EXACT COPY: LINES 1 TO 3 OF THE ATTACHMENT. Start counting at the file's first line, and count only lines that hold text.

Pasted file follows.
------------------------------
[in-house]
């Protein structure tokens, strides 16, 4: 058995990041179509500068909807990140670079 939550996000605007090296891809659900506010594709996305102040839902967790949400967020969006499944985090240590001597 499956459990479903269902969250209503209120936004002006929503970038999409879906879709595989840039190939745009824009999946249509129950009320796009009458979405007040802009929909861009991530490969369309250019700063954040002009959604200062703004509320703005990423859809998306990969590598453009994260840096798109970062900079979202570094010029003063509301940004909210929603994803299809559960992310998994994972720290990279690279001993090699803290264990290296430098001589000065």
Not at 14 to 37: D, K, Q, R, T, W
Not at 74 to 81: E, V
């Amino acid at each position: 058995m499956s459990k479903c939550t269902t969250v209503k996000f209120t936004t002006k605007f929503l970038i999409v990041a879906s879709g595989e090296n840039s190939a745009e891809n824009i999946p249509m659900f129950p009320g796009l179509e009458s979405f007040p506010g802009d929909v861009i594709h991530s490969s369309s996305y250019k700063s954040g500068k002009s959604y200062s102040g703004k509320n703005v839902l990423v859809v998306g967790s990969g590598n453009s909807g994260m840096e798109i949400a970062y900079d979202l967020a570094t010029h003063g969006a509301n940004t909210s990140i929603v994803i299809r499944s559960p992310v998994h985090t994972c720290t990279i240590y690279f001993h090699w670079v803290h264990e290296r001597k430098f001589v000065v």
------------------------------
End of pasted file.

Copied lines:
[in-house]
């Protein structure tokens, strides 16, 4: 058995990041179509500068909807990140670079 939550996000605007090296891809659900506010594709996305102040839902967790949400967020969006499944985090240590001597 499956459990479903269902969250209503209120936004002006929503970038999409879906879709595989840039190939745009824009999946249509129950009320796009009458979405007040802009929909861009991530490969369309250019700063954040002009959604200062703004509320703005990423859809998306990969590598453009994260840096798109970062900079979202570094010029003063509301940004909210929603994803299809559960992310998994994972720290990279690279001993090699803290264990290296430098001589000065």
Not at 14 to 37: D, K, Q, R, T, W